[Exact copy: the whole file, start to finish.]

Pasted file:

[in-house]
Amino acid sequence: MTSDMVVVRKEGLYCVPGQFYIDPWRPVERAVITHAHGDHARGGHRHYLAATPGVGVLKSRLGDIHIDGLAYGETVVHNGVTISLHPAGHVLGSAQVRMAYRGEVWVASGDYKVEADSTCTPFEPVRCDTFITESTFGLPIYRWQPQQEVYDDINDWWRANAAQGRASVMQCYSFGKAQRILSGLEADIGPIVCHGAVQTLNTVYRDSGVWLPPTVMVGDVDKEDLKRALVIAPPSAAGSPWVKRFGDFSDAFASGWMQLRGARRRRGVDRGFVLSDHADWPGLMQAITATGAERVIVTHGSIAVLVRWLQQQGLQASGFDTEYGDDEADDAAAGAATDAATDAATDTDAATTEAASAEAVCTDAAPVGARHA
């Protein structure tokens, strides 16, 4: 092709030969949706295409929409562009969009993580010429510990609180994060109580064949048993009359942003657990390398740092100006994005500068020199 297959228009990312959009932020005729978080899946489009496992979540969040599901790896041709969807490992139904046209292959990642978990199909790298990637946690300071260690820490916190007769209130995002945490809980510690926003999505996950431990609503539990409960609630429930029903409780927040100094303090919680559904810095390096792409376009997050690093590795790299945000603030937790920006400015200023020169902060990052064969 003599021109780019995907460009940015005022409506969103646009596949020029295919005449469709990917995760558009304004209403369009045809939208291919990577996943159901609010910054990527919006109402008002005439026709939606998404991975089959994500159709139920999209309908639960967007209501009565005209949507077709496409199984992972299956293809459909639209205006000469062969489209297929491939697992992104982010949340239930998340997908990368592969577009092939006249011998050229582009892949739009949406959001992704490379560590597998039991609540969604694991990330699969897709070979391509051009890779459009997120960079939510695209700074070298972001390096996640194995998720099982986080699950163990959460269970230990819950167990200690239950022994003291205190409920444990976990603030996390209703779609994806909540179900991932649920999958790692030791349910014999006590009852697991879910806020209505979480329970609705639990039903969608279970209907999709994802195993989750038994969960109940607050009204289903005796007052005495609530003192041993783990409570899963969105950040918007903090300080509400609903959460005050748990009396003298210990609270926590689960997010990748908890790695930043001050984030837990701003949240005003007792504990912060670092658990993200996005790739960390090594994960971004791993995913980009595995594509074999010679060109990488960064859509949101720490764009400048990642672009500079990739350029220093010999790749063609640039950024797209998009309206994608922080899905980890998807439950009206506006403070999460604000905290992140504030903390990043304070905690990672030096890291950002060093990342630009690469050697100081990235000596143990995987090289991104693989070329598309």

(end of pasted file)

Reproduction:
[in-house]
Amino acid sequence: MTSDMVVVRKEGLYCVPGQFYIDPWRPVERAVITHAHGDHARGGHRHYLAATPGVGVLKSRLGDIHIDGLAYGETVVHNGVTISLHPAGHVLGSAQVRMAYRGEVWVASGDYKVEADSTCTPFEPVRCDTFITESTFGLPIYRWQPQQEVYDDINDWWRANAAQGRASVMQCYSFGKAQRILSGLEADIGPIVCHGAVQTLNTVYRDSGVWLPPTVMVGDVDKEDLKRALVIAPPSAAGSPWVKRFGDFSDAFASGWMQLRGARRRRGVDRGFVLSDHADWPGLMQAITATGAERVIVTHGSIAVLVRWLQQQGLQASGFDTEYGDDEADDAAAGAATDAATDAATDTDAATTEAASAEAVCTDAAPVGARHA
């Protein structure tokens, strides 16, 4: 092709030969949706295409929409562009969009993580010429510990609180994060109580064949048993009359942003657990390398740092100006994005500068020199 297959228009990312959009932020005729978080899946489009496992979540969040599901790896041709969807490992139904046209292959990642978990199909790298990637946690300071260690820490916190007769209130995002945490809980510690926003999505996950431990609503539990409960609630429930029903409780927040100094303090919680559904810095390096792409376009997050690093590795790299945000603030937790920006400015200023020169902060990052064969 003599021109780019995907460009940015005022409506969103646009596949020029295919005449469709990917995760558009304004209403369009045809939208291919990577996943159901609010910054990527919006109402008002005439026709939606998404991975089959994500159709139920999209309908639960967007209501009565005209949507077709496409199984992972299956293809459909639209205006000469062969489209297929491939697992992104982010949340239930998340997908990368592969577009092939006249011998050229582009892949739009949406959001992704490379560590597998039991609540969604694991990330699969897709070979391509051009890779459009997120960079939510695209700074070298972001390096996640194995998720099982986080699950163990959460269970230990819950167990200690239950022994003291205190409920444990976990603030996390209703779609994806909540179900991932649920999958790692030791349910014999006590009852697991879910806020209505979480329970609705639990039903969608279970209907999709994802195993989750038994969960109940607050009204289903005796007052005495609530003192041993783990409570899963969105950040918007903090300080509400609903959460005050748990009396003298210990609270926590689960997010990748908890790695930043001050984030837990701003949240005003007792504990912060670092658990993200996005790739960390090594994960971004791993995913980009595995594509074999010679060109990488960064859509949101720490764009400048990642672009500079990739350029220093010999790749063609640039950024797209998009309206994608922080899905980890998807439950009206506006403070999460604000905290992140504030903390990043304070905690990672030096890291950002060093990342630009690469050697100081990235000596143990995987090289991104693989070329598309």